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Why Americans Go to Work

Here’s how 11 different people from across the United States find meaning in ordinary work.

“When we go out the door, it’s often the worst day of someone’s life. These people need someone who’s calm and knows what to do to help them.” 
Frank Sarcone

Your kingdom come, your will be done, on earth as it is in heaven. Chances are, when you read or pray Jesus’ words from the Gospels, you’re not thinking about how God’s will for humanity plays out in your day job. Maybe you’ve never even thought about your job’s significance beyond your paycheck. 

There’s a lot of pain in the world — and if you’re not a pastor or front line worker, it’s easy to miss the broader picture of how your work improves people’s lives, or at least alleviates their suffering. But your work — yes, even your job — has more significant impact than you think. Even if you’re not lauded on the cover of a magazine, you’re an essential worker.

Not convinced about how your work fits into God’s mission in the world? Here’s how 11 different people who wrestle with the same thing find meaning in their jobs.

Anna Kirkpatrick

a school teacher in Staunton, Virginia

Everybody has that teacher — the one you still think about, decades later, and wish you could thank. That’s who Anna Kirkpatrick aspires to be: the kind of teacher who’s equally concerned about her students’ personal lives as she is that day’s math homework.

Currently, Kirkpatrick teaches distance learning students at a private, Christian school. But some of her most foundational lessons about finding meaning in teaching took place in the Chicago Public Schools, where the majority of her students came from poverty or tumultuous home lives.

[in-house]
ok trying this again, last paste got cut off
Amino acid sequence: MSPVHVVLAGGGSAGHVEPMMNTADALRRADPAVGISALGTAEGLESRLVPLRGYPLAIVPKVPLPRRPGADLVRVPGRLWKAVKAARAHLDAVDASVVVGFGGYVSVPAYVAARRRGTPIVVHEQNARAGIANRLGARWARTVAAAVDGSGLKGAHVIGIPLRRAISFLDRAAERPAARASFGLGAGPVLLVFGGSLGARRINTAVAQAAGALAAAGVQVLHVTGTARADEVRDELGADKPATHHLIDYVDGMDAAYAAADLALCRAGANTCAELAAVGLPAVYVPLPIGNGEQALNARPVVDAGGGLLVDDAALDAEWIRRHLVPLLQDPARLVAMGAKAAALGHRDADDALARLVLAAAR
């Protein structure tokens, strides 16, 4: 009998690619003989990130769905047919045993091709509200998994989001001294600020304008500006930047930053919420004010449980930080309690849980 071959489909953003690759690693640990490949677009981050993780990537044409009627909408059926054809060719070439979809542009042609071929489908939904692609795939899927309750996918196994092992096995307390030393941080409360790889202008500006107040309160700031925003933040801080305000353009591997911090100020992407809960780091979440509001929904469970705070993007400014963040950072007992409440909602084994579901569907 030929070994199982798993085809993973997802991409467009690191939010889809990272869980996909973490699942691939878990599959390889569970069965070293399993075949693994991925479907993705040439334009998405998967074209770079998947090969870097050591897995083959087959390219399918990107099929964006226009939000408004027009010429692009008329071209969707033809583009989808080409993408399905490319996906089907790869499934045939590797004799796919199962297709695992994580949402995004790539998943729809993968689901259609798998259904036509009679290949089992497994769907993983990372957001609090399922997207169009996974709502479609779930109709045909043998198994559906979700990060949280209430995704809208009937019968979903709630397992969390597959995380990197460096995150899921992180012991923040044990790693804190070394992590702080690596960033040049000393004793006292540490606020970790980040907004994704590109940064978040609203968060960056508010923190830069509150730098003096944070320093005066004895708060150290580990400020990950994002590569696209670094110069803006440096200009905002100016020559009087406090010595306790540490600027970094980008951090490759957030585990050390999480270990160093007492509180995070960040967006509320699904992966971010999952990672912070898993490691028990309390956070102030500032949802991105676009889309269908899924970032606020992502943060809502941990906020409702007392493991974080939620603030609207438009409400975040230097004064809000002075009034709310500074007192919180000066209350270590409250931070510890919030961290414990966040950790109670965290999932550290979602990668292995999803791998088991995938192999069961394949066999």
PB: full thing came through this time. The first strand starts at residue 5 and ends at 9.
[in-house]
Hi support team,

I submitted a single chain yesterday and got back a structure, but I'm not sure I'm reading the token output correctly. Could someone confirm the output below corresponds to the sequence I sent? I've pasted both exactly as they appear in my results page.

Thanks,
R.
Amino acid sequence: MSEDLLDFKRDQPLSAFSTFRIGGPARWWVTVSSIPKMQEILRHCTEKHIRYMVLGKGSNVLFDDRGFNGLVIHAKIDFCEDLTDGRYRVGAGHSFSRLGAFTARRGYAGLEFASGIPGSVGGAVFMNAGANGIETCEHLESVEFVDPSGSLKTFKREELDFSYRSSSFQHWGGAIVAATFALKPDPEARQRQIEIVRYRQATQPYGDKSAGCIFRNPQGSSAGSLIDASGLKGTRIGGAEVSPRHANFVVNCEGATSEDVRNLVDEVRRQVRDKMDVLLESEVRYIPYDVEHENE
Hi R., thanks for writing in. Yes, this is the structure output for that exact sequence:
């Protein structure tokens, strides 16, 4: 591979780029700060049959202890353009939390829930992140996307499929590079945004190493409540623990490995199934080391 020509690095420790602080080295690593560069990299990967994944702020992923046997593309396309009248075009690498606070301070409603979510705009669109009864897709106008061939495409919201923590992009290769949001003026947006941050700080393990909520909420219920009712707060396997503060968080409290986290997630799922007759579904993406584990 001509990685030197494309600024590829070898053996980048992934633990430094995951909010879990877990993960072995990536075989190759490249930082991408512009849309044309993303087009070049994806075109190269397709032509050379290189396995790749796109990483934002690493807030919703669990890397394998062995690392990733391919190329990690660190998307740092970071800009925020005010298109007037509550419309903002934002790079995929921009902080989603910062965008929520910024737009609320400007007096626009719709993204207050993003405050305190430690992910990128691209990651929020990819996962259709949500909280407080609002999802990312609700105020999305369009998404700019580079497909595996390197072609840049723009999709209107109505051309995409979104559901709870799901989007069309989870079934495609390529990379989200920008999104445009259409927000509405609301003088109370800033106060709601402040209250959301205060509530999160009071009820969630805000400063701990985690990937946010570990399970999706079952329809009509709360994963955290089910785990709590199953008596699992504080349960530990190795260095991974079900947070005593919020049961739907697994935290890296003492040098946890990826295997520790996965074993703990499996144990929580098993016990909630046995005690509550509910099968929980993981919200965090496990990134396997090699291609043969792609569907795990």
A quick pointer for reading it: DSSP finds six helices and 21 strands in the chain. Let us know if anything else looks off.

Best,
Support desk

Making sure her students understood their lessons was, of course, a big part of her job. But as a Christian, Kirkpatrick believes student success hinges on meaningful relationships. Some days, connecting with a student was as simple as saying “I’m proud of you.” Other days, it was finding unique ways to apply the kids’ personal interests in the classroom. 

One student, for example, told her he wanted to be a preacher — so Kirkpatrick told him to read the lesson out loud in his preacher voice. “It’s kind of silly, but I wanted him to hear from someone that he’s capable of what he wants to do, because I don’t think he was getting that at home,” she says.

Seeing hungry kids hoarding food from their breakfast got tiring, she says, and sometimes she didn’t know which injustice to focus her energy on. It’s in those moments she honed in on why she’s there in the first place: to help them flourish in the real world, starting in the four walls of her classroom. 

“I try to remind myself that God has put my students in my life, even if just for nine months,” she says. “If they can see Jesus in me at all, I’ve done my job.”

Taji Onesirosan

a senior compensation business partner in Minneapolis, Minnesota

“Is everyone winning?” That’s the simple question Taji Onesirosan asks himself to determine if he’s succeeding in his human resources job at a Fortune 50 company. Lucky for him, opportunities to help others “win” are baked into his job description. His role is focused on ensuring leaders have the tools and information they need to make informed and equitable pay decisions, and whenever there’s an opportunity to reward people on the lower end of the pay scale, he makes it happen.

Thriving at work is just as important to Onesirosan, who’s also a leader of his organization’s diversity action committee.